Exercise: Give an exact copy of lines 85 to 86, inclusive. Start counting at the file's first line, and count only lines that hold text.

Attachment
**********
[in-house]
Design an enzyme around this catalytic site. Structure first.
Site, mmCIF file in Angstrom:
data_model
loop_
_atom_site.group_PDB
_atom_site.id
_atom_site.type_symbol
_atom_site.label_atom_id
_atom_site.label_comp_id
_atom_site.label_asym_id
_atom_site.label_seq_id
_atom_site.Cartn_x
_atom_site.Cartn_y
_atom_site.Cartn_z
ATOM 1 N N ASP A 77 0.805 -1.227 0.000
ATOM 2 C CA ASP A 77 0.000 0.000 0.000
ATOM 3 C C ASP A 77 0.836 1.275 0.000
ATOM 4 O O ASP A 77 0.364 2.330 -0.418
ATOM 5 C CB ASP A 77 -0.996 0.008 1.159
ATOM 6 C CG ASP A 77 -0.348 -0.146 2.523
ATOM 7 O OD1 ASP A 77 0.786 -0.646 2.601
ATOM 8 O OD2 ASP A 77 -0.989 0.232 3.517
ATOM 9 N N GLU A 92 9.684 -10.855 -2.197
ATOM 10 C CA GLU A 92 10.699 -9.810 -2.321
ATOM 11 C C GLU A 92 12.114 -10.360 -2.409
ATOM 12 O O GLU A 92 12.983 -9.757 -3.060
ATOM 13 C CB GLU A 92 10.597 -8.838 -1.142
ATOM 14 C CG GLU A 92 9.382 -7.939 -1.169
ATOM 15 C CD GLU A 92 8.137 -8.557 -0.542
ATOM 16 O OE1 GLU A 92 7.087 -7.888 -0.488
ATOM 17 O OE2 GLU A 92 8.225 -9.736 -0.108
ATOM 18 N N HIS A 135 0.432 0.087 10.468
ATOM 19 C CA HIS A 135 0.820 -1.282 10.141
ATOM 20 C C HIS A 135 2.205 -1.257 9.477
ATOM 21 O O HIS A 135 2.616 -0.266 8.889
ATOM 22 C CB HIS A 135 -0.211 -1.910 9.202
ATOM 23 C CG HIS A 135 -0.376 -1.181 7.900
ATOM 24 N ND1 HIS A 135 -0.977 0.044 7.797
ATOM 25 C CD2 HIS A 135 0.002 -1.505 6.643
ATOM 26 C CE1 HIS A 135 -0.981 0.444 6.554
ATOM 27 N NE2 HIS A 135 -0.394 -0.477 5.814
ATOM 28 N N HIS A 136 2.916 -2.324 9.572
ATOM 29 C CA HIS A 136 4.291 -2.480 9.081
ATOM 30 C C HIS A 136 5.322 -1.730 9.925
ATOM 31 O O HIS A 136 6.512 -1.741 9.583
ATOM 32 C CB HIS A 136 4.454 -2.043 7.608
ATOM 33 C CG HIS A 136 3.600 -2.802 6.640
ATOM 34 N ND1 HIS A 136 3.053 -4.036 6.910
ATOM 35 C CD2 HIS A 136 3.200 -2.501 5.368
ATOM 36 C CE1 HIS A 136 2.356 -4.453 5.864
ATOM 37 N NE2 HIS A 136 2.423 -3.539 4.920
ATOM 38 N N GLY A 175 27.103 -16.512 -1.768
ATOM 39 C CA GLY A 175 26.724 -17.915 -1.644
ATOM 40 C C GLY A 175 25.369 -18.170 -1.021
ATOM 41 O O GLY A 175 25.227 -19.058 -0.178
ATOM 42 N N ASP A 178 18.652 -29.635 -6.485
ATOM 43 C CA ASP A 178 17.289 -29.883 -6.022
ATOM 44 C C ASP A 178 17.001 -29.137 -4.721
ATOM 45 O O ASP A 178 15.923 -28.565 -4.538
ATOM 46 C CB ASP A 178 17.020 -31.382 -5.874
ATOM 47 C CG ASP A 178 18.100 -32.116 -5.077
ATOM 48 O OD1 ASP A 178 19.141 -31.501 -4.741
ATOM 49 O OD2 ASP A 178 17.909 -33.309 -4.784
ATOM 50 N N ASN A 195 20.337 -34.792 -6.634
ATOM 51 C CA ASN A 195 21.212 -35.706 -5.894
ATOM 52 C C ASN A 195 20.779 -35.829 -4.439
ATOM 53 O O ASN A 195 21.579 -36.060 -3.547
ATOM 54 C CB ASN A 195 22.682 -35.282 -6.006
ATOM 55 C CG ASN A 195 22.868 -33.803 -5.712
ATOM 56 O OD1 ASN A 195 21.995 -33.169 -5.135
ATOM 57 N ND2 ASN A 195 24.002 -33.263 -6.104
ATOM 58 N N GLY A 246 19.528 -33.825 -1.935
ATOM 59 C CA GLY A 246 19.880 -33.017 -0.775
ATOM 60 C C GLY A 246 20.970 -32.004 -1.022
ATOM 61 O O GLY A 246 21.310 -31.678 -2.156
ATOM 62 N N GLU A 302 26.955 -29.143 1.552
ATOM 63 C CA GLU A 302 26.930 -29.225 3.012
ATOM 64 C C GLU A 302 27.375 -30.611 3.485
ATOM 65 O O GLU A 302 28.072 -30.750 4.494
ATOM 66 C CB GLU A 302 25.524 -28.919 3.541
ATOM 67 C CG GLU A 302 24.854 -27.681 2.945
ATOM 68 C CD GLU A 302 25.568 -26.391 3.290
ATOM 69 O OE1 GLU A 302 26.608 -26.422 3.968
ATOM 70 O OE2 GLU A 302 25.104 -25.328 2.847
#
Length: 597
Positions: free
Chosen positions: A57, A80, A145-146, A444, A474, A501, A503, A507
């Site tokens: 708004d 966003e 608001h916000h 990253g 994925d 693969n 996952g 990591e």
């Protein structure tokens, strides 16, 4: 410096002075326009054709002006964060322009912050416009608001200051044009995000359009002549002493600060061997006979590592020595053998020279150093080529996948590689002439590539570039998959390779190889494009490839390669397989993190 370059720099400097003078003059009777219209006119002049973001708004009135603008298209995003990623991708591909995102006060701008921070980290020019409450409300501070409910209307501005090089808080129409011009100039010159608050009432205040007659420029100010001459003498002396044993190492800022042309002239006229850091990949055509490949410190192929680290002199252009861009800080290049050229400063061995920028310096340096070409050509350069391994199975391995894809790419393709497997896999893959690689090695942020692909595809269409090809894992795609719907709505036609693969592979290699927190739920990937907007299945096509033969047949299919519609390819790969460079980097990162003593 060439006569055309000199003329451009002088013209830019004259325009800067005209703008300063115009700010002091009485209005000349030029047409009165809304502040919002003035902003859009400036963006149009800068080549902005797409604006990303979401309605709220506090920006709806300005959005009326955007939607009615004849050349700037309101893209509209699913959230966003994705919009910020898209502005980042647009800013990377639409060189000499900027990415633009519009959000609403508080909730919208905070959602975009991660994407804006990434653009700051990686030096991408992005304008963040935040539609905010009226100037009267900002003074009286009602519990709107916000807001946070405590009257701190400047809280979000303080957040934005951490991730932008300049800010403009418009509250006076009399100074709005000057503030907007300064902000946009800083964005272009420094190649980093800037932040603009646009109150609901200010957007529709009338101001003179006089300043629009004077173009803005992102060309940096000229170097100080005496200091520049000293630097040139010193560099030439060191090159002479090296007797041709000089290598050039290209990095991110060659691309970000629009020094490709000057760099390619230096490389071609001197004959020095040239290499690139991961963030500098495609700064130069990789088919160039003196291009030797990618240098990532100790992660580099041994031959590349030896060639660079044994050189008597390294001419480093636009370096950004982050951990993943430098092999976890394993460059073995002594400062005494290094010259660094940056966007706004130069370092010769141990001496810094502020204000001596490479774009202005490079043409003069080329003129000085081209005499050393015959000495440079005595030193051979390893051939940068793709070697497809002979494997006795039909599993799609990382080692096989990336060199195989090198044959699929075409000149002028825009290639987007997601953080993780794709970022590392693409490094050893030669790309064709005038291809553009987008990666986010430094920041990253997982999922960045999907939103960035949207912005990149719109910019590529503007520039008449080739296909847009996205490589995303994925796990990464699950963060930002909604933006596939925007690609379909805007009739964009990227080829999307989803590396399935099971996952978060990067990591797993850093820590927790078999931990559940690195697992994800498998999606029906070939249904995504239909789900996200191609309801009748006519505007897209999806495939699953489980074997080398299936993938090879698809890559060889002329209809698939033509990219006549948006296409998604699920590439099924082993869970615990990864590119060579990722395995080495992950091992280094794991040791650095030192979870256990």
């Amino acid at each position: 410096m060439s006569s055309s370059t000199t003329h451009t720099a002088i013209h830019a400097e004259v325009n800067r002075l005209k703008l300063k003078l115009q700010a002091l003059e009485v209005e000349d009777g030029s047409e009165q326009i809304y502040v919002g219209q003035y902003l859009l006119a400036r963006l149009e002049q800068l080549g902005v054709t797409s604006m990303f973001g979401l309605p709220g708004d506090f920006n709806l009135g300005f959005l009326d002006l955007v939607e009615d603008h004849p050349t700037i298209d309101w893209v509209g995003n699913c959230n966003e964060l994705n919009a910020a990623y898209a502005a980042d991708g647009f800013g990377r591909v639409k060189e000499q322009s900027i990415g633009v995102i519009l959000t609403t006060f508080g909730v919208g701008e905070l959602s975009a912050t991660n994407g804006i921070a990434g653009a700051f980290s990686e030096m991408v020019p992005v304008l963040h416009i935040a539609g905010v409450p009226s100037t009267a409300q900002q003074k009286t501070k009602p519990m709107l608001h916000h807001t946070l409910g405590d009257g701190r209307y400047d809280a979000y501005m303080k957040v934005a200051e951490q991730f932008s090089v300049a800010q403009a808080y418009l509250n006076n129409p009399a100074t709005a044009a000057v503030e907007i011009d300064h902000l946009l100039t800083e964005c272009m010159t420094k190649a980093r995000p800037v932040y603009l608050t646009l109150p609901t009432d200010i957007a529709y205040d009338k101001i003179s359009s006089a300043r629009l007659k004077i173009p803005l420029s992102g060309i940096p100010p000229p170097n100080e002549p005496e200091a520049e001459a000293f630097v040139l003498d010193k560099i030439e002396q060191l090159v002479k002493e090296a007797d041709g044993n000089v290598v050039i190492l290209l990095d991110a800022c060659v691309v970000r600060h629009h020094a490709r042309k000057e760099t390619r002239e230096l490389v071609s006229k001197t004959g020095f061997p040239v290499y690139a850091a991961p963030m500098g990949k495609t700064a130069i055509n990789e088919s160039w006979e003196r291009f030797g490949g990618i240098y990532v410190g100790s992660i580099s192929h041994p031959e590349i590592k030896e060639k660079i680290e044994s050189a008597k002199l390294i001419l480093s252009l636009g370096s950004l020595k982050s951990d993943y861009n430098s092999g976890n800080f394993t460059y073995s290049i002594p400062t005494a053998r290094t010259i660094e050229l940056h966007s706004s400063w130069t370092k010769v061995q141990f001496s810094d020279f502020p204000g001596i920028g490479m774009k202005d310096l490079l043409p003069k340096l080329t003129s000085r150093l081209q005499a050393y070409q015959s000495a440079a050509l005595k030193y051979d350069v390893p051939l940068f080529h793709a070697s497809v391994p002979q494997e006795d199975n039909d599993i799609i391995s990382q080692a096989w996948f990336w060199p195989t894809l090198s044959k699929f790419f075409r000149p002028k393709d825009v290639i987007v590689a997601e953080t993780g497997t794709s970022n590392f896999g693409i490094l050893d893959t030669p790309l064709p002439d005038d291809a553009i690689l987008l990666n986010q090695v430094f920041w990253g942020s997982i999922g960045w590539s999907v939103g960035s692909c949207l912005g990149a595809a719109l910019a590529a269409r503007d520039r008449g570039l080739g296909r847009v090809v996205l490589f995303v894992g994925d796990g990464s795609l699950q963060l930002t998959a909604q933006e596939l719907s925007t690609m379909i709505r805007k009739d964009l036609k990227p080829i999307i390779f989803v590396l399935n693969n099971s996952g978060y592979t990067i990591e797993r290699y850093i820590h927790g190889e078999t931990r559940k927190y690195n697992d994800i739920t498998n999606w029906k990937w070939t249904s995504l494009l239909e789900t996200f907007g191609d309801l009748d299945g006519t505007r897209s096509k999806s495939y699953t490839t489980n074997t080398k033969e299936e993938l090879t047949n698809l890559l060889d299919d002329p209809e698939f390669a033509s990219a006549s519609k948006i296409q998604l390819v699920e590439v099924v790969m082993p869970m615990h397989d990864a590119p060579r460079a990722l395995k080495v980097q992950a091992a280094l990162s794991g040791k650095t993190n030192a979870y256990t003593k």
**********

ATOM 70 O OE2 GLU A 302 25.104 -25.328 2.847
#